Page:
Why Your Samsung Dishwasher Is Not Draining

Why Your Samsung Dishwasher Is Not Draining

Draining is a very important operation that ensures your dishwasher continues to work properly. Without it, your plates, glasses, and silverware will come out with grime and a funny smell.

So what stops your dishwasher from draining? Let’s talk about it.

Why is your Samsung dishwasher not draining?

If your dishwasher isn’t draining, this may be due to a clogged sink drain or drain hose. It can also be caused by damage to the drain pump motor.

Unplug your dishwasher and check for blockage in the sink drain or garbage disposal. Also, make sure that there are no clogs or kinks in the drain hose.

If this doesn’t resolve your draining problem, you can also try the following steps:

  • Make sure that the drain hose is connected to an air gap or has a high loop.
  • Clean the filter assembly and the sump area thoroughly.
  • Test the drain pump for continuity and replace it when damaged.

Continue reading below if you need a more detailed guide on how to carry out these steps.

Indications of a Draining Issue

As you know, Samsung dishwashers display error codes on the control panel when they detect a problem. If your dishwasher is experiencing a draining issue, you may see one of these error codes or light signals.

For Models with Digital Display

5C, SC, 5E, SEDrain Error
OC, 0C, oE Over-Level Water Error
3CPump Operation Error

For Models that Use Blinking Lights

Drain Error
Heavy (models with Express 60)
Heavy and Quick
Heavy and Smart Auto
Over-Level Water Error

Other than the error codes, there can also be visible or audible indications that your dishwasher isn’t draining properly.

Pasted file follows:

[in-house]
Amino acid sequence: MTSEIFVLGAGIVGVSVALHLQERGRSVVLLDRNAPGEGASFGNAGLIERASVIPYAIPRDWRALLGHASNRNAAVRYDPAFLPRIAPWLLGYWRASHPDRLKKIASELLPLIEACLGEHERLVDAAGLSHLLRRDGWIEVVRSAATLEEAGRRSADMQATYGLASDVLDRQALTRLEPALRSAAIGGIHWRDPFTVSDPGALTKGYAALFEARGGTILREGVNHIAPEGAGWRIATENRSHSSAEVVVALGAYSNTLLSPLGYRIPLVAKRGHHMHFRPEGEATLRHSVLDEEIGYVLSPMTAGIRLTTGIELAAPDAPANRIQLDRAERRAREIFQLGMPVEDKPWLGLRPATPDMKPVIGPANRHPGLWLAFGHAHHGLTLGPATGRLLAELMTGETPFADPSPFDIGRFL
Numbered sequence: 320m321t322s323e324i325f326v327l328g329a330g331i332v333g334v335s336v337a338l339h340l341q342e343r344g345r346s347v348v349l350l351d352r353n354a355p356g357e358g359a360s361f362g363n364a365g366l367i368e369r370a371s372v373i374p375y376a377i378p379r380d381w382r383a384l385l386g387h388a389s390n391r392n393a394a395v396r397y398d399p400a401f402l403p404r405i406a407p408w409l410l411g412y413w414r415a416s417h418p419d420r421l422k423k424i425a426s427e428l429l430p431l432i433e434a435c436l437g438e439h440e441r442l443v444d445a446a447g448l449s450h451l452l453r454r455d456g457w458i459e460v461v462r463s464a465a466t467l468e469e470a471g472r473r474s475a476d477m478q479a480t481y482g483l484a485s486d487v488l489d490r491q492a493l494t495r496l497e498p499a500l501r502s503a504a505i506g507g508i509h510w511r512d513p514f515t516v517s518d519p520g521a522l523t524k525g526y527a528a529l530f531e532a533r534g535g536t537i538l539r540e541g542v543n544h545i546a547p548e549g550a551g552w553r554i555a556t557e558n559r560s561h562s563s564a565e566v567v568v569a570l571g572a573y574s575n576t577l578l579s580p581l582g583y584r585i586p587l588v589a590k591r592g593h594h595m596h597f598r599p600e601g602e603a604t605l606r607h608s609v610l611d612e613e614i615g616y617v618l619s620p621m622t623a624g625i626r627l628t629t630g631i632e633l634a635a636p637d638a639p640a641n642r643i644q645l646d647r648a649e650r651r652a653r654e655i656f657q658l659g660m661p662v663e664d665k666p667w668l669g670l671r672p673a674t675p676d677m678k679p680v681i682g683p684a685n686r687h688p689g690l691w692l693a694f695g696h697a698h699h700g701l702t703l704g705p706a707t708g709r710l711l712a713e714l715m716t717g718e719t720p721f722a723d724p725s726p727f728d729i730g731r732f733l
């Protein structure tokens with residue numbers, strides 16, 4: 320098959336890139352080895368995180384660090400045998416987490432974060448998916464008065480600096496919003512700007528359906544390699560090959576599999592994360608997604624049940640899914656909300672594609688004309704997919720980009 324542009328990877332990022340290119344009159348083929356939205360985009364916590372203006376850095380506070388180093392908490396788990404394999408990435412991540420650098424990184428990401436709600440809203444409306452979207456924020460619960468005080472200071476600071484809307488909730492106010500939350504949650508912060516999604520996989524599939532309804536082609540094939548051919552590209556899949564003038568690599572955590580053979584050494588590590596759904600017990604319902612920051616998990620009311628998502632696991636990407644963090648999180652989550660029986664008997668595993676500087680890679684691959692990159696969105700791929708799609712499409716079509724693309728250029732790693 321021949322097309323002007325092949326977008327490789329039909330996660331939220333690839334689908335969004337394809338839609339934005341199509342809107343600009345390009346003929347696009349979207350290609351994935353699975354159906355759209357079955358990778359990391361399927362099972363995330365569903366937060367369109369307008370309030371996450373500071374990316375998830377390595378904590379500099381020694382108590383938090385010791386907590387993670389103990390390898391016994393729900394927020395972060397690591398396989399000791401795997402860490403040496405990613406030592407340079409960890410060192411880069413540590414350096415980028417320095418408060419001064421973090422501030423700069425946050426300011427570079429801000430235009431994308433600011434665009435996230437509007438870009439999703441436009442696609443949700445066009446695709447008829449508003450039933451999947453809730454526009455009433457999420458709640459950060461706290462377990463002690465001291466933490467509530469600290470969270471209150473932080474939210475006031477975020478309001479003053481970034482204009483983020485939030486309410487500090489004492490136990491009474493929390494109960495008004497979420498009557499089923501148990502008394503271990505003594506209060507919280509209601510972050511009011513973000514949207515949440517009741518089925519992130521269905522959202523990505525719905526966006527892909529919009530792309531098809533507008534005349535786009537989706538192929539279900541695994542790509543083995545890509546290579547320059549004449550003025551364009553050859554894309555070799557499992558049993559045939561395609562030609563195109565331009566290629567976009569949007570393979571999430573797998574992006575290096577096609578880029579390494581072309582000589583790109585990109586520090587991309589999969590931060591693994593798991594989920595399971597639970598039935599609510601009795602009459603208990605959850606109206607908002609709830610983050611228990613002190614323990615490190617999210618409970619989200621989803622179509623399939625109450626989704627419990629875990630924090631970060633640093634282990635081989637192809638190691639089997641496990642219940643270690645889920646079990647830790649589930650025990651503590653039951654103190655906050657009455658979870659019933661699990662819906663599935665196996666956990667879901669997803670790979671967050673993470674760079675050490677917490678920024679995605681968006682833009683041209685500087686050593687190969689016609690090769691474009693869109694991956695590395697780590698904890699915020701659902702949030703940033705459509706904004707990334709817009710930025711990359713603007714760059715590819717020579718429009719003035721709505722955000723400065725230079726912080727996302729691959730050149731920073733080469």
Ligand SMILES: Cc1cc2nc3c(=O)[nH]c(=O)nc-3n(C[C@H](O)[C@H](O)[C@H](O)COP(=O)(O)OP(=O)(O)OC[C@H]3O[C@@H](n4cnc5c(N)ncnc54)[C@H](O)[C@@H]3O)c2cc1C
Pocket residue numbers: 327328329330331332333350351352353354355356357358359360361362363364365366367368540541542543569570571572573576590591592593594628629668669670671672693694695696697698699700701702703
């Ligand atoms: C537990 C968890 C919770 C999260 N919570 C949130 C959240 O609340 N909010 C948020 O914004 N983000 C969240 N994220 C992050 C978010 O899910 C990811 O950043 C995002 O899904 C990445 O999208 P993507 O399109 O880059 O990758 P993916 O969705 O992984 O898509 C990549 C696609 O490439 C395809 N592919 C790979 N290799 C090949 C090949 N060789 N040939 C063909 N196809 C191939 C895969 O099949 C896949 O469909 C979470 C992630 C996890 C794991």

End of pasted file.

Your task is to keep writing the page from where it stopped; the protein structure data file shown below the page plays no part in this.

• Gurgling or thumping sound during the draining cycle
  • Standing wastewater in the tub
  • Slow or delayed draining than normal

So how do you fix a draining issue in a Samsung dishwasher?

Causes of Draining Issues and How to Fix Them

To apply the correct troubleshooting method, first you need to know the cause of your draining problem. 

With that in mind, here’s a quick overview of all possible causes and how to resolve them.

Clogged Sink Drain or Garbage DisposalMake sure your sink drain or garbage disposal isn’t clogged with too much food waste or debris. 

If your dishwasher is connected to a garbage disposal system, check that the garbage disposal cap has been removed during installation. 
Faulty Drain HoseDisconnect the drain hose from both ends and test it for blockage. Clean the drain hose and ensure it has a high loop and is tightly reconnected.
Clogged or Damaged Filter AssemblyRemove the filter assembly and clean it in running water. Make sure not to poke any holes in the screen of the fine filter.
Faulty Drain Pump Component (Impeller, Motor, Solenoid, Check Valve)Test all drain pump components for continuity. If any of these parts are damaged, you’ll need to replace the entire assembly.

As promised, let’s dive deeper into each cause and troubleshooting methods. 

Clogged Sink Drain or Garbage Disposal

Dishwashers are connected to either a sink drain or garbage disposal to get rid of the wastewater after each cycle.